With the three-dimensional image display apparatus configured as described above, when a position from which an observer observes the three-dimensional image display apparatus is assumed to be close to a position in a viewing area surface, the observer can observe a three-dimensional image in the vicinity of a front surface and a rear surface of the display section 2. That is, the element images as a set of parallax component images are displayed at the respective pixels on the display section 2 which correspond to the respective exit pupils. Beams from the element images are controlled or regulated by the exit pupils so as to travel to the observer. The beams oriented in the direction in which the observer is positioned transmit the parallax component images, which are perceived by the observer to perceive a three-dimensional image. That is, the beams from the element images contribute to forming the three-dimensional image displayed between the beam control element 3 and the observer or the three-dimensional image displayed behind the display section 2.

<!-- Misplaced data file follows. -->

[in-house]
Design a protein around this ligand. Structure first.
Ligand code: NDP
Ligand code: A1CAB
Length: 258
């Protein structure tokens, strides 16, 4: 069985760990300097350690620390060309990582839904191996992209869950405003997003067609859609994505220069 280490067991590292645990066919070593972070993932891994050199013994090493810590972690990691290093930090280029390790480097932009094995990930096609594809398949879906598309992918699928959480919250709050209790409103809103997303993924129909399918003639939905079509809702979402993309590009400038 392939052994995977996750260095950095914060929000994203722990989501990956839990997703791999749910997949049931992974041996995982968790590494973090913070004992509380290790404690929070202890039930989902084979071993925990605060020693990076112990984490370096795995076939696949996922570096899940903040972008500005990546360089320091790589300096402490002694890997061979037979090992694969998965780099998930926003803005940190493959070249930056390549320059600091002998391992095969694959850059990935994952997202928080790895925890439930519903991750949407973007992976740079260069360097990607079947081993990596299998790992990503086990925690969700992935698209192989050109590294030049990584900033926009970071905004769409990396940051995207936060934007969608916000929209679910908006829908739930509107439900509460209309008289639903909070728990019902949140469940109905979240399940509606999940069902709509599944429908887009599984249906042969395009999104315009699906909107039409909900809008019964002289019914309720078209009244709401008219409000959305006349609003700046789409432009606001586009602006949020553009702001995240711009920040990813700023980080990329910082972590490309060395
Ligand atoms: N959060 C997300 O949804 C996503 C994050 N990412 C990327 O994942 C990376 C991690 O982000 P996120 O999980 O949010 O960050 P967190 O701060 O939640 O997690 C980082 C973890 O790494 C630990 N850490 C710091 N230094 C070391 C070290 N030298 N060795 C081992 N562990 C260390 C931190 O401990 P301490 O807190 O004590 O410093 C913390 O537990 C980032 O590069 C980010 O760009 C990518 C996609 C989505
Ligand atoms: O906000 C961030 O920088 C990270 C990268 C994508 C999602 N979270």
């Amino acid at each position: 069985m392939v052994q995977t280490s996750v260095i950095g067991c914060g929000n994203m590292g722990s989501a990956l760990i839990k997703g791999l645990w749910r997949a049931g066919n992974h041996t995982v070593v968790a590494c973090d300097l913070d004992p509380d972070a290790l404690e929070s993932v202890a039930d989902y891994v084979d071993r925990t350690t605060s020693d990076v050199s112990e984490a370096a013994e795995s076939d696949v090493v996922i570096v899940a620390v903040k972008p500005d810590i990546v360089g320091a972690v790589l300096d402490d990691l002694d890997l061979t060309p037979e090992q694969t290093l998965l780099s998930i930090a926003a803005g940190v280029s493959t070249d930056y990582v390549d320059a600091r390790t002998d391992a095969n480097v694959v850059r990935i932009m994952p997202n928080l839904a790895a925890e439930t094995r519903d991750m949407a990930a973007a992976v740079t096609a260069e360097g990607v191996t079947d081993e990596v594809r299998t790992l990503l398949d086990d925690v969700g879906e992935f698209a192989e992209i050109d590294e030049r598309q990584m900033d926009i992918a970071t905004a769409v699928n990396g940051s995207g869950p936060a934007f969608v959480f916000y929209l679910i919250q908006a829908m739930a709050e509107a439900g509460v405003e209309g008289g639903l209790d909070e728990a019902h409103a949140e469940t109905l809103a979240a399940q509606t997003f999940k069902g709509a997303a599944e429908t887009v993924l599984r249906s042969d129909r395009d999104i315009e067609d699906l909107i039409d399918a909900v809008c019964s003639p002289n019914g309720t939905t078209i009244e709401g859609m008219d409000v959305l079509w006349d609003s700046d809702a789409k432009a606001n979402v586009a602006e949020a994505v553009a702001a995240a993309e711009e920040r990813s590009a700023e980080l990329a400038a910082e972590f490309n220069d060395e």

According to the II scheme, the element images corresponding to the exit pupils are defined in a horizontal surface. According to the II scheme, unlike the multi-lens scheme, parallel beams are emitted to the viewing area to form a three-dimensional image in the viewing area. With either the II scheme or the multi-lens scheme, beams emitted from the element image via the corresponding exit pupil are regulated by the exit pupil but are divergently directed to the viewing area. However, according to the II scheme, when attention is paid to a beam from one exit pupil oriented in a certain direction, beams parallel to this beam are similarly emitted from the other corresponding exit pupils. In contrast, according to the multi-lens scheme, beams from the optical openings are focused on at least three focusing points on an observing reference line. With the multi-lens system, the observer can observe a three-dimensional image as long as the observer's eyes are positioned at the focusing points. However, when the eyes are located away from the focusing points, the observer cannot observe the three-dimensional image. In contrast, with the II scheme, as long as the observer is positioned in the viewing area, parallax component images corresponding to the observer's position are transmitted to the observer through the beams from the optical openings. The observer then perceives the three-dimensional image as a set of the parallax component images. Therefore, the element images are defined as a set of parallax component images as described below. The beams from the parallax component images are controlled by the exit pupil so as to travel in predetermined directions. The observer in the viewing area is thus provided with parallaxes. The display section 2 displays a parallax synthesis image as a set of the element images. The parallax component images are incident on the observer's eyes in association with the observer's position in the viewing area. As a result, the observer can perceive the three-dimensional image.